In the afternoon, there was two workshop sessions, and attendees had to choose from among a number of options.  I attended two that had to do with voting.  My takeaway from these sessions (only reinforcing something I believed going in which led me to select these options) is that, as one speaker said Voting Rights is the most important issue here today.  When we look at what the GOP has done over the past number of years since 2010, it becomes clear that, without a major pushback, our votes will not be counted and our voices on all of these other issues will not be heard.  Kris Kobach led this effort in Kansas, and he wrote many of the voter suppression bills that have passed in red states. Trump has now empowered him to do this nationwide.  We need to fight back against this to ensure our democracy.

Speakers from CT, and MA addressed the elements that are needed for safe and secure elections.  Some states have a number of these.  They are: 

  1. Online voter registration (with a driver’s license). 30 states have this.
  2. another option is automatic voter registration (AVR).  CT has this and there is a move to have this in MA. (more about this below) 
  3. Early voting
  4. Mail-in voting combined with in-person voting (not just one option)
  5. Same day registration
  6. Maximum opportunities for people who have lost voting rights for felonies to be able to vote.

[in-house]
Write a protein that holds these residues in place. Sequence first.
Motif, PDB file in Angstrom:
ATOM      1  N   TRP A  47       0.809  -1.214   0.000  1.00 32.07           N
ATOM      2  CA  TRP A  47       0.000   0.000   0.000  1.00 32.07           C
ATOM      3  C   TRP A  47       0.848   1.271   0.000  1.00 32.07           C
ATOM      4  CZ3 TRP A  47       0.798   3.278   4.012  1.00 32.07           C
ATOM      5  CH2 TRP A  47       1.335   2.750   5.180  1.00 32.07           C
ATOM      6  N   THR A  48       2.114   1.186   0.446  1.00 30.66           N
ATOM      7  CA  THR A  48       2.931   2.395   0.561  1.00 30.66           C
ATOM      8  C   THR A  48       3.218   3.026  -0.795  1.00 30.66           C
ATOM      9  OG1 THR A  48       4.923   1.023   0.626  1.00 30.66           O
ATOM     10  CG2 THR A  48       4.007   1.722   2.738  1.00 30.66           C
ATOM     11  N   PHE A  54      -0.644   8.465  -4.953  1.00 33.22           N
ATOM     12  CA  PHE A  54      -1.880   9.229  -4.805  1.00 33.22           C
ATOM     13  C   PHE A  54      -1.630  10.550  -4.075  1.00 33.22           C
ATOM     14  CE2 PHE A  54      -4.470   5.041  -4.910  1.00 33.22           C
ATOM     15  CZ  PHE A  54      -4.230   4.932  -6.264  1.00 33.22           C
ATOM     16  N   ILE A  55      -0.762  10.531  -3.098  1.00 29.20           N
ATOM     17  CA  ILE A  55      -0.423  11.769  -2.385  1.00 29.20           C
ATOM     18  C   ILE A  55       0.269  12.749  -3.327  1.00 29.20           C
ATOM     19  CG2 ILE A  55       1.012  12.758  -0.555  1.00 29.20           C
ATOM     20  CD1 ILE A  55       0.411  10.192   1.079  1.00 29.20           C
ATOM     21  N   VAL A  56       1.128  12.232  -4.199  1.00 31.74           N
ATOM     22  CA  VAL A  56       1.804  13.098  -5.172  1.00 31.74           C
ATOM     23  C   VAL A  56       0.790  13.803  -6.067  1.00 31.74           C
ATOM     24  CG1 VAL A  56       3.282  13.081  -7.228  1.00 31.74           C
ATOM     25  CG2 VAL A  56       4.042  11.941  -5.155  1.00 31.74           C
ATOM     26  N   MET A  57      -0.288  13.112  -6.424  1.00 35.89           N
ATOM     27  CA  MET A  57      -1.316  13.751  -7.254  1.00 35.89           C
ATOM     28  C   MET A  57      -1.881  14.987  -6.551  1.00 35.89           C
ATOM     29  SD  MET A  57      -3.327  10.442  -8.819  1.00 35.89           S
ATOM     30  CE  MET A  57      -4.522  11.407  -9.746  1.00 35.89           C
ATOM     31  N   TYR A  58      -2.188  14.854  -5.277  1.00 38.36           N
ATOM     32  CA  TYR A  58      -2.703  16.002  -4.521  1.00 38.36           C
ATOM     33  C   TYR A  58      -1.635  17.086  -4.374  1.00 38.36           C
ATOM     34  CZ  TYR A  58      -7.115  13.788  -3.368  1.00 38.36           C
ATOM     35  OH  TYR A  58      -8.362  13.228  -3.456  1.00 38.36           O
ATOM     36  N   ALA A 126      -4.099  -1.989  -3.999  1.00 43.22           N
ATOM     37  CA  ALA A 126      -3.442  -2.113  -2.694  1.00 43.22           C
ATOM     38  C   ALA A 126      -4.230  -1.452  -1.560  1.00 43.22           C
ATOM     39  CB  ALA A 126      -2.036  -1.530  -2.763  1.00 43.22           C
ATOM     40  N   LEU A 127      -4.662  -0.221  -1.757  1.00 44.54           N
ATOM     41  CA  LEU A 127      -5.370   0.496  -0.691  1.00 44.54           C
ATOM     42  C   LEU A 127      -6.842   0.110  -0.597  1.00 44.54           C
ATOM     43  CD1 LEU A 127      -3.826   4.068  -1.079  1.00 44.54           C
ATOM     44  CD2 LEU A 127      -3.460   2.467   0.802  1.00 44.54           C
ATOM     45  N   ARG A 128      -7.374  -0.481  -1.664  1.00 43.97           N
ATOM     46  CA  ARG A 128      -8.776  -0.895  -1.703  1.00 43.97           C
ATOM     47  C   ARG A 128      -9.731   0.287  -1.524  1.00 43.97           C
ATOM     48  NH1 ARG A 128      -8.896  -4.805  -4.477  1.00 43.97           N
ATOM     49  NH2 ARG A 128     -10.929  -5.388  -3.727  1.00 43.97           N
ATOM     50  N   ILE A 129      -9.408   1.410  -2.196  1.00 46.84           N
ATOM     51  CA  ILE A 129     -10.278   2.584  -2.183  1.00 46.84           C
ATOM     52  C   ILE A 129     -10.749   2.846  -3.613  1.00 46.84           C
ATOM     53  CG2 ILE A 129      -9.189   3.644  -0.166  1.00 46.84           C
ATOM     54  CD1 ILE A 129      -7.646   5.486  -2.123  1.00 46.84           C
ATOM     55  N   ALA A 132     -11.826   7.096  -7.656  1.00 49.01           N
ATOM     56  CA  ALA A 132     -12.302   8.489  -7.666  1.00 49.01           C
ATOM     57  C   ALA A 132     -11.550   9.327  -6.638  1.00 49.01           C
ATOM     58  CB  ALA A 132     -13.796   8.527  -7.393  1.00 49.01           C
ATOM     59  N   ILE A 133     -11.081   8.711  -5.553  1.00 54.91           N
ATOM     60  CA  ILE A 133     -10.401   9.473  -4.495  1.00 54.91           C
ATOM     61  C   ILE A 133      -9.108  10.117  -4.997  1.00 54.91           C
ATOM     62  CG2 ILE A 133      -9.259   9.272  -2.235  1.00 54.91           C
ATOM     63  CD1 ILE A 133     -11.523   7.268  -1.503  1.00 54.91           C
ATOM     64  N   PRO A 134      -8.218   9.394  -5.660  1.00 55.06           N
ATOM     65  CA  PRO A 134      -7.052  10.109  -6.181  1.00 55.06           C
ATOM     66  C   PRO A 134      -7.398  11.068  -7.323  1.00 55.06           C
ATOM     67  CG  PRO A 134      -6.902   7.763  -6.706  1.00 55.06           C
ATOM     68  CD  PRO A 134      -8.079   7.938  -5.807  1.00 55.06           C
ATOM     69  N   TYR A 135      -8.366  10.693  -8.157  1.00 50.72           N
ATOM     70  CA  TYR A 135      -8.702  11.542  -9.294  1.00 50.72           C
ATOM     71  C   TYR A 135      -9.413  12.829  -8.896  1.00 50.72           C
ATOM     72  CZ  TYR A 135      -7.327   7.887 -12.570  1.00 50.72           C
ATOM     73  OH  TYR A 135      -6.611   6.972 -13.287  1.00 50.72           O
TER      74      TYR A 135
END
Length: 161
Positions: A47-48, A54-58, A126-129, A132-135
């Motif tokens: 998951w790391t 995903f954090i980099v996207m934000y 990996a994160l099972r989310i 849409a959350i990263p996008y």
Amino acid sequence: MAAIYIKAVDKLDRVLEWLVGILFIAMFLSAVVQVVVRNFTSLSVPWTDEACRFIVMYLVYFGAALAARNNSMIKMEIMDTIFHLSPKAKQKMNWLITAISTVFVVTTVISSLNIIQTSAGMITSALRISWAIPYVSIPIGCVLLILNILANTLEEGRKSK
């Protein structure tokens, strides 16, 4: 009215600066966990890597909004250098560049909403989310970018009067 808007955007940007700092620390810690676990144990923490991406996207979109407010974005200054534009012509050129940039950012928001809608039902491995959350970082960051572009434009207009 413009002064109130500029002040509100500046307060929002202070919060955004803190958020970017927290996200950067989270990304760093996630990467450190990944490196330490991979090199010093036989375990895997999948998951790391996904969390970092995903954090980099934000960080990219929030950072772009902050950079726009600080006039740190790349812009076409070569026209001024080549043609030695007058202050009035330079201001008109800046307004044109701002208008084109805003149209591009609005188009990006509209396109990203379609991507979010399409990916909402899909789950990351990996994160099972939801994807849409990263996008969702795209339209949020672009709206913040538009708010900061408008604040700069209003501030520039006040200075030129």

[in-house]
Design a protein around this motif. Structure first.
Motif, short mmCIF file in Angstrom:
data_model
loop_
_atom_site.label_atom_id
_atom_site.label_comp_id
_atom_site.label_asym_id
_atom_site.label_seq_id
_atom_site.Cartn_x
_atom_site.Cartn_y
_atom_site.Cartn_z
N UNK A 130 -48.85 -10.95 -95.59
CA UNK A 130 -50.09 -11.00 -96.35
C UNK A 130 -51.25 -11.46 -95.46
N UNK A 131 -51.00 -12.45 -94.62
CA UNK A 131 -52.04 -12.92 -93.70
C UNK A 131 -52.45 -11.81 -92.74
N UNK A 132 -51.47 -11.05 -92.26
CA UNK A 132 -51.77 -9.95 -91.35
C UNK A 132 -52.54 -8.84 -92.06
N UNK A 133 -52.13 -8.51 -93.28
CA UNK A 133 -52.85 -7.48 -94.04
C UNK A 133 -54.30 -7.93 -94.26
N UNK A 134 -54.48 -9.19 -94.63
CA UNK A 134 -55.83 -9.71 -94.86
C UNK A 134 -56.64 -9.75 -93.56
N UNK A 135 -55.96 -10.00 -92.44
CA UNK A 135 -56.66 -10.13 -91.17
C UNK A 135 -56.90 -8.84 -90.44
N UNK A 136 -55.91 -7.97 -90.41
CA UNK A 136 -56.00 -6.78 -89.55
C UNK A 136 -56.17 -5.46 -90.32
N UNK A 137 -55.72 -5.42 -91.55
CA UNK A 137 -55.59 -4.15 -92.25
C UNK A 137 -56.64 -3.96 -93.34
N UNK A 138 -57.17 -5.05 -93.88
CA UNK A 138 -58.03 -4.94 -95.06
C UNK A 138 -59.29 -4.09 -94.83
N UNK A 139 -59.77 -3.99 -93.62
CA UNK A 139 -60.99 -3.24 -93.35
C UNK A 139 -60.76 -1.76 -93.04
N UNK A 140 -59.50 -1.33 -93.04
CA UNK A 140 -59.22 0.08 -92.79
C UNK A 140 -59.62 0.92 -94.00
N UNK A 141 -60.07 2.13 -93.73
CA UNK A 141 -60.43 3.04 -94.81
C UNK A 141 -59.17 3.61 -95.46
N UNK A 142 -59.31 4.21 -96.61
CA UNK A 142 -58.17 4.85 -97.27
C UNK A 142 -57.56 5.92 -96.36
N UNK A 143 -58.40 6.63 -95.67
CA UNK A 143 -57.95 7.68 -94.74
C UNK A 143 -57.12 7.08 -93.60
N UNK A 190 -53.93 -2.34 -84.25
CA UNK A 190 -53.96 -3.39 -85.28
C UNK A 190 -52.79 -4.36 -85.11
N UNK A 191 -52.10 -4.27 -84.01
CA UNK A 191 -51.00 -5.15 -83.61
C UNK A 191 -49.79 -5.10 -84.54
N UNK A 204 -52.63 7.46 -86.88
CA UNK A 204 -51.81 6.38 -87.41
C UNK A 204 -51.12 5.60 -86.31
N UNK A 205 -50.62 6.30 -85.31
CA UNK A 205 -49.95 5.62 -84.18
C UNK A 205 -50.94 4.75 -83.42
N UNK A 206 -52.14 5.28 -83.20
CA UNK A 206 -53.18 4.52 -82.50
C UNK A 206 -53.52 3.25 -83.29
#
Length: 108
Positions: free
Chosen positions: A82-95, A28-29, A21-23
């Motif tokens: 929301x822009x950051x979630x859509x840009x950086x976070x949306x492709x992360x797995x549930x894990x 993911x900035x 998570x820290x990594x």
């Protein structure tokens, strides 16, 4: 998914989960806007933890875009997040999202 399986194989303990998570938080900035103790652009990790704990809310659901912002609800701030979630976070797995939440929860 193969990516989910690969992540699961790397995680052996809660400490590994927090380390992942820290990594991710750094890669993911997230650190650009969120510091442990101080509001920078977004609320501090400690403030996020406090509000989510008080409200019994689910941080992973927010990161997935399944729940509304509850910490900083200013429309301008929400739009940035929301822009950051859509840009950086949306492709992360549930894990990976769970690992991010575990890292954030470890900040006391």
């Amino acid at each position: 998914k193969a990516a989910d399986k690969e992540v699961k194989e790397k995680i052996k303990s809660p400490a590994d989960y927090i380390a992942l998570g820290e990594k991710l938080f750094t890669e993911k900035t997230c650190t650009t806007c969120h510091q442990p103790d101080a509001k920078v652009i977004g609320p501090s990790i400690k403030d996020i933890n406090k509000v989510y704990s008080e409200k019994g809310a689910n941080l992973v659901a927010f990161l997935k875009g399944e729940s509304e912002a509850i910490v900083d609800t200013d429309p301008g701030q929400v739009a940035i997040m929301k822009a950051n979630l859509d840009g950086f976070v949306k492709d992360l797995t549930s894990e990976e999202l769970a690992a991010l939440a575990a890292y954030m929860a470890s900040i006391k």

7. Pre-registration of 16 and 17 year olds
  8. State enrollment in ERIC.  Eric is a duplicate detection system developed by the nonpartisan Pew Charitable trust.  It is much more accurate than the CrossCheck system used by Kris Kobach, which only compares records on two points (not social security numbers or birthdates).  27 states are in Cross Check and between 2014-2016 1.9 million records were removed from the voter rolls (22% of registered voters in Indiana).
  9. The use of paper ballots, not electronic voting machines.  The existing machines are easily hackable and should be outlawed. (Christian fundamentalists control all four companies that make and maintain the existing machines).
  10. 10. Transparent counting software
  11. 11.Robust risk limiting audits (this is currently done in two states, Colorado and Anew Mexico)

Automatic Voter Registration

Joyce Hackett seems to be the driving force behind a move to get AVR in MA.  There are currently bills in both the state house (H2091) and Senate.  I attended her session and learned she is working to get these bills passed right after the Dec 15-Jan 1 recess.  For more information about this issuer go to  There is currently money ($45 million) in the state budget of HAVA money that is earmarked for voter modernization.  These funds can pay for the conversion to AVR statewide.  I think our group should work to support this effort.

Other things she mentioned that are useful:

  1. We need to use the right language when speaking about voter issues.  Avoid terms like ‘voter suppression” “voter rights” and ‘voter fraud”.  A better way to talk about this is to use the phrase “Fair and secure elections are important to us all.”
  2. In Florida, formerly incarcerated people are stripped of voting rights for life.  Florida Rights Restoration Coalition is petitioning to put this issue on the FL ballot.  For IOC members who will be in FL this winter, this is an effort worth supporting.